I am somewhere around 188cm tall, and just over 100kg. This makes me huge by Indonesian standards. Everyone is so much smaller than me. I particularly enjoy my experiences shopping here. I’ve asked the salespeople if they have shirts for guys my size, or pants for my size, and I get total honesty. No run-around at all.
“Do you have a shirt my size?”
No checking in the back. No asking around. No looking on other racks. They know that I am an anomaly.
So when I bought my motorcycle and the salesman delivered it with a helmet, I was cautious in my optimism. It turned out that the biggest helmet they had sits quite a way above my head, not so much on it. I had to do some hunting, but the helmet that you see above not only fits, it fits well. It was more expensive than some, less expensive than many. I tried on twenty helmets, and this one did not leave me gasping for air, claustrophobic, or feeling like I was going to tear my own ears off trying to remove it.
I love the laundry service around Jakarta. Just two doors over from this place is the dry cleaner I use, Londre, but this sign had an old school feel to it. Also, for those of you who are into safety, check out the larger version of this – the electrical connections up there…well, I don’t like to look. It seems like a bunch of extension cords all spliced off the main lines.
I love that there are a few things that transcend cultural boundaries. When I was a lot younger, my Dad would grab my arm or reach across to hold me in place if he felt that I might come to some harm. At the time, I’m sure I didn’t appreciate it for what it is. Now that I’m thousands of kilometers away from him and thirty years on from those experiences, I feel the love that was the motivation for his firm grip. I feel it because I do the same with my son and daughter.
Thanks Dad, for reaching out to hold me in place, to keep me from harm.
…means something very different here in Jakarta than it does in Vancouver, BC. I saw these guys moving rebar on Saturday after I finished playing basketball with some other teachers. As I pulled out my camera, they saw me and smiled. The only thought I had was, “Wow! That’s an…interesting…way to move rebar off the top of a truck.”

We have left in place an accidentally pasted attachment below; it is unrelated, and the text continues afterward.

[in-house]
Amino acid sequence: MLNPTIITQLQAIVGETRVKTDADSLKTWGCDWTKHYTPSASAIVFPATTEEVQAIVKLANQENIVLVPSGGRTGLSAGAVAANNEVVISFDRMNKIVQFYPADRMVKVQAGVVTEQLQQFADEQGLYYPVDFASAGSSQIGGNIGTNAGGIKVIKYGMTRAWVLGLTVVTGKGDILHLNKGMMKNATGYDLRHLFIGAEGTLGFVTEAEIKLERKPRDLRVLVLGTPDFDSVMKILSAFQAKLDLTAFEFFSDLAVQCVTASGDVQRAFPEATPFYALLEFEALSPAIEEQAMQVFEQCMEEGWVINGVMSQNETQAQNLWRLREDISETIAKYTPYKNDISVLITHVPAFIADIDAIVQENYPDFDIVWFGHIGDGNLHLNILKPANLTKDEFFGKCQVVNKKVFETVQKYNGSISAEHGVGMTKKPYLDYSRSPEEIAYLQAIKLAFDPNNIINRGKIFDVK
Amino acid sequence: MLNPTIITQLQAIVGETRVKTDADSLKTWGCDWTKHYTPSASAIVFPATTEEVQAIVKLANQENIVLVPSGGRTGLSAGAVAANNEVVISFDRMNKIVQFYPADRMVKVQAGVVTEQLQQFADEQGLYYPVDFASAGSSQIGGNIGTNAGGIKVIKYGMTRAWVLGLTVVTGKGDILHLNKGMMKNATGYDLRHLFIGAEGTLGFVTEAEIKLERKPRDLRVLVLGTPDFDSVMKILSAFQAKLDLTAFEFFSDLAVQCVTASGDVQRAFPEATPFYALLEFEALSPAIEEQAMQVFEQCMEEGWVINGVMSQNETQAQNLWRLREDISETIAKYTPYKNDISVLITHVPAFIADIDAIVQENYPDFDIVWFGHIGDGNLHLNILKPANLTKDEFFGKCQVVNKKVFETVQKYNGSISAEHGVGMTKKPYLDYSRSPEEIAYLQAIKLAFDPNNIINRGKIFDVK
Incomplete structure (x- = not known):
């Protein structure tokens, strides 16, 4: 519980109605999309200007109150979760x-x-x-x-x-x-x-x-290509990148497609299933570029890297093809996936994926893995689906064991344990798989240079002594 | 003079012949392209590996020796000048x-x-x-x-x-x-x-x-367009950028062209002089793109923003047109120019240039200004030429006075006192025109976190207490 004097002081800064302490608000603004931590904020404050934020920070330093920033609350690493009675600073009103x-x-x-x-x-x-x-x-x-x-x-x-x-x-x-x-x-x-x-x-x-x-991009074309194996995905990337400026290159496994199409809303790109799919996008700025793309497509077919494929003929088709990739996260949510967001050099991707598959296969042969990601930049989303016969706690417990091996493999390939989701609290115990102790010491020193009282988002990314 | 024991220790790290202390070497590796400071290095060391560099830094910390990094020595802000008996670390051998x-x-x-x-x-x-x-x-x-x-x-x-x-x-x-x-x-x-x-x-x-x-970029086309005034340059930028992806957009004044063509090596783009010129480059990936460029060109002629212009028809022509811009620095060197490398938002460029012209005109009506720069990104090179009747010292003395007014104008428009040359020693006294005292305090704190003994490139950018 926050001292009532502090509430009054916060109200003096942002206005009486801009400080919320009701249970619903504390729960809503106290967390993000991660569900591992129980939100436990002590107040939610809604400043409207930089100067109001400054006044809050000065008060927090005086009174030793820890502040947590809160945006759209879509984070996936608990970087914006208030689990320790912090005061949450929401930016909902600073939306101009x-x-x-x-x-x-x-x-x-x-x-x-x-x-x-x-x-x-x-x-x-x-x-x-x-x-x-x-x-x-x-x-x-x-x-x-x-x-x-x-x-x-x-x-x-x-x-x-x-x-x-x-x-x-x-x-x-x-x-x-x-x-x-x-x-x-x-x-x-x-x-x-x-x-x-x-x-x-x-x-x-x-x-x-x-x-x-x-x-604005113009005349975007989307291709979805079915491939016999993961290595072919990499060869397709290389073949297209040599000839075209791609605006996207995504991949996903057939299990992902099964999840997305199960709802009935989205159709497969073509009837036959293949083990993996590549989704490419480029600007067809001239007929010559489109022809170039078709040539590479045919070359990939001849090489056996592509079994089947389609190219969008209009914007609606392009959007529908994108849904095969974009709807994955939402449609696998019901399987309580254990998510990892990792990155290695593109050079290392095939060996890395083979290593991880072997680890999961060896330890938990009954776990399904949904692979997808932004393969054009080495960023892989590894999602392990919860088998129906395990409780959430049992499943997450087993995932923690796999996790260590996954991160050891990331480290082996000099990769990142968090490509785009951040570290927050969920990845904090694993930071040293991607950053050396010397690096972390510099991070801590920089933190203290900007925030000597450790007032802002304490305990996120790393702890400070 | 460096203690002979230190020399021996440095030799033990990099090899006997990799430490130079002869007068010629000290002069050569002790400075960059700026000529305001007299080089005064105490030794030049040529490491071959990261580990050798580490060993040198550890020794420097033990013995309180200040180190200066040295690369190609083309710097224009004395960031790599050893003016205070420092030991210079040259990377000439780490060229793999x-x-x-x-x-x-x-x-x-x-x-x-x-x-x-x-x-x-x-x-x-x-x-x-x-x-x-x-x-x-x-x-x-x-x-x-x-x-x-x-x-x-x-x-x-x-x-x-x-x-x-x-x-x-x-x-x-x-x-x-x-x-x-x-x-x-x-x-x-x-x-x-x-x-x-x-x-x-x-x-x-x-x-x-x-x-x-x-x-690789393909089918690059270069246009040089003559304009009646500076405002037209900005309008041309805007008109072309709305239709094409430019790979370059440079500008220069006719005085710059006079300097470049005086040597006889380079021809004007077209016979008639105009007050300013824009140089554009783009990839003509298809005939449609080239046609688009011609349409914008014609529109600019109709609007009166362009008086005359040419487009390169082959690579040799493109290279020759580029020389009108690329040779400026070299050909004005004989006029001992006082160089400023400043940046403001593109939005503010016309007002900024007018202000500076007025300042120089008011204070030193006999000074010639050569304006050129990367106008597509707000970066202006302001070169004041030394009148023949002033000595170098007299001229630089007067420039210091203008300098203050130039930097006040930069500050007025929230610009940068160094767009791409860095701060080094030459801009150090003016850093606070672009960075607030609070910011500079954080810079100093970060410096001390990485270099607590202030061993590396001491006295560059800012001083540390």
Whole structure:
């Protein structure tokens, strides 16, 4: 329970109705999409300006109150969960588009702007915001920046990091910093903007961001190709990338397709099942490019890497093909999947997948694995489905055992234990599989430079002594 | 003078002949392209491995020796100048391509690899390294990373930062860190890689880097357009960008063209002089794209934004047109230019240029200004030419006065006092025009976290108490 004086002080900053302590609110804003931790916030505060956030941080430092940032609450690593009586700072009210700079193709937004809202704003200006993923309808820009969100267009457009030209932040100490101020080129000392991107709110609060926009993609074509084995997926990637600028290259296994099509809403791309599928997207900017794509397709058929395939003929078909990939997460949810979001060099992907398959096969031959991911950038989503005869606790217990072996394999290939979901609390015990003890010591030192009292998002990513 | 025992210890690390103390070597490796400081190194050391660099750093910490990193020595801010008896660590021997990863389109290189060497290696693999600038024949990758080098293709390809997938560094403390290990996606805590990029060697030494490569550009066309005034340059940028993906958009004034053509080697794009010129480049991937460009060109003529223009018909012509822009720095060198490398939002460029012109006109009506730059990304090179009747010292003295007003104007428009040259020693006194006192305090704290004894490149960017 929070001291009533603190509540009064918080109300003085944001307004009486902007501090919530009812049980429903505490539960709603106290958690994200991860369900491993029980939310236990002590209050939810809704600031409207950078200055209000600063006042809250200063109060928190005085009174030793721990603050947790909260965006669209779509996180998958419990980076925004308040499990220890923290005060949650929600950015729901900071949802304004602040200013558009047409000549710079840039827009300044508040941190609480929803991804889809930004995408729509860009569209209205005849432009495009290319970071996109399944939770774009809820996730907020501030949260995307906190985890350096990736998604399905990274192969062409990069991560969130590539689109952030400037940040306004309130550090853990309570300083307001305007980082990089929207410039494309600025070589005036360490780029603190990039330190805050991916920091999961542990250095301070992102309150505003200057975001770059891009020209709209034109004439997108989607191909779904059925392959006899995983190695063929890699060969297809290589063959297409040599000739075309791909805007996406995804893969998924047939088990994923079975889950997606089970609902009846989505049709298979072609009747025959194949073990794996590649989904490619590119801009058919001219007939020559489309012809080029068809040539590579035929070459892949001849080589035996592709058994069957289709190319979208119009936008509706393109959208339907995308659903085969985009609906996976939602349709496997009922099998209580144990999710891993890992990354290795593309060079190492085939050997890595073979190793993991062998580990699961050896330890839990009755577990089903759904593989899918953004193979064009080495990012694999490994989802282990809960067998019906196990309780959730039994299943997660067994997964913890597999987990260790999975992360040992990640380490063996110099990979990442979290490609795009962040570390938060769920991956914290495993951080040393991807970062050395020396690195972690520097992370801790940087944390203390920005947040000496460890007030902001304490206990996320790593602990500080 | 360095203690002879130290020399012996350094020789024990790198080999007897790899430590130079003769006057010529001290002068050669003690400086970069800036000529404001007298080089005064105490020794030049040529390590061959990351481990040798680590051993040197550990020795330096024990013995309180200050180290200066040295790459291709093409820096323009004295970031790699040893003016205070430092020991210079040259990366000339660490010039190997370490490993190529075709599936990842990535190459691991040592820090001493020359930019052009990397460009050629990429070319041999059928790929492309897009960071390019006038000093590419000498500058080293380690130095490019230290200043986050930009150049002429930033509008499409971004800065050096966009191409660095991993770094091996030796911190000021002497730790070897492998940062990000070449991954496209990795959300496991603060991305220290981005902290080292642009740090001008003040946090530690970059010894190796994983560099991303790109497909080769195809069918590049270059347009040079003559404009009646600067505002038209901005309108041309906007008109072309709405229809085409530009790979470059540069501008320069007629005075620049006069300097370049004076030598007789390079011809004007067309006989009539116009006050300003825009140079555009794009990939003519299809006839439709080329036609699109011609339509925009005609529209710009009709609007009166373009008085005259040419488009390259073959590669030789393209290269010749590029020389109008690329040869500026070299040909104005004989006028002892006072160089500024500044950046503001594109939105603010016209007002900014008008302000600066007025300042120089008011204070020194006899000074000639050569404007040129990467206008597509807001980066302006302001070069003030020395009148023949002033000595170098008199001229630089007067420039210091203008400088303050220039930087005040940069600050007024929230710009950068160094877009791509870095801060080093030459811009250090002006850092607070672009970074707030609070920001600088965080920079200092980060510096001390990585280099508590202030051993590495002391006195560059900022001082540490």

There is construction going on all around my school, as it is in a high-rise building in a new development, and I’ve seen some very interesting situations. I’ve watched guys cut tile and, rather than wear safety glasses, they line up their grinder and look away as they cut. I’ve watched welders use $3 sunglasses to spot weld railings. The most shocking one? I watched a guy climb up and through some ironwork on the outside of the 13th floor, grab hold of some chain, lift himself up and crawl up to the 14th floor. No harness. No scaffolding. Just some guy, freestyle climbing up the outside of a building, 14 floors above the ground. I watched like one might watch traffic, waiting for an accident to happen, hoping it doesn’t, but thinking it might.
I’m very thankful for the safety rules that we have in North America. I never have been before, but I am now.
When we bought the trampoline last summer, my son was at times curious about it, at times petrified. The most he would do was bounce and only when no one was on with him. This summer he seems to think that he’s Dick Grayson (the original Robin in the Batman comics) of the Flying Graysons. He’s gone from terrified to a holy terror on the trampoline.
As a kid, I never had a trampoline, so watching my own kids is full of terrifying excitement for me. I’m always curious to see what they’ll do next, with my thumbs ever-ready to phone 9-1-1.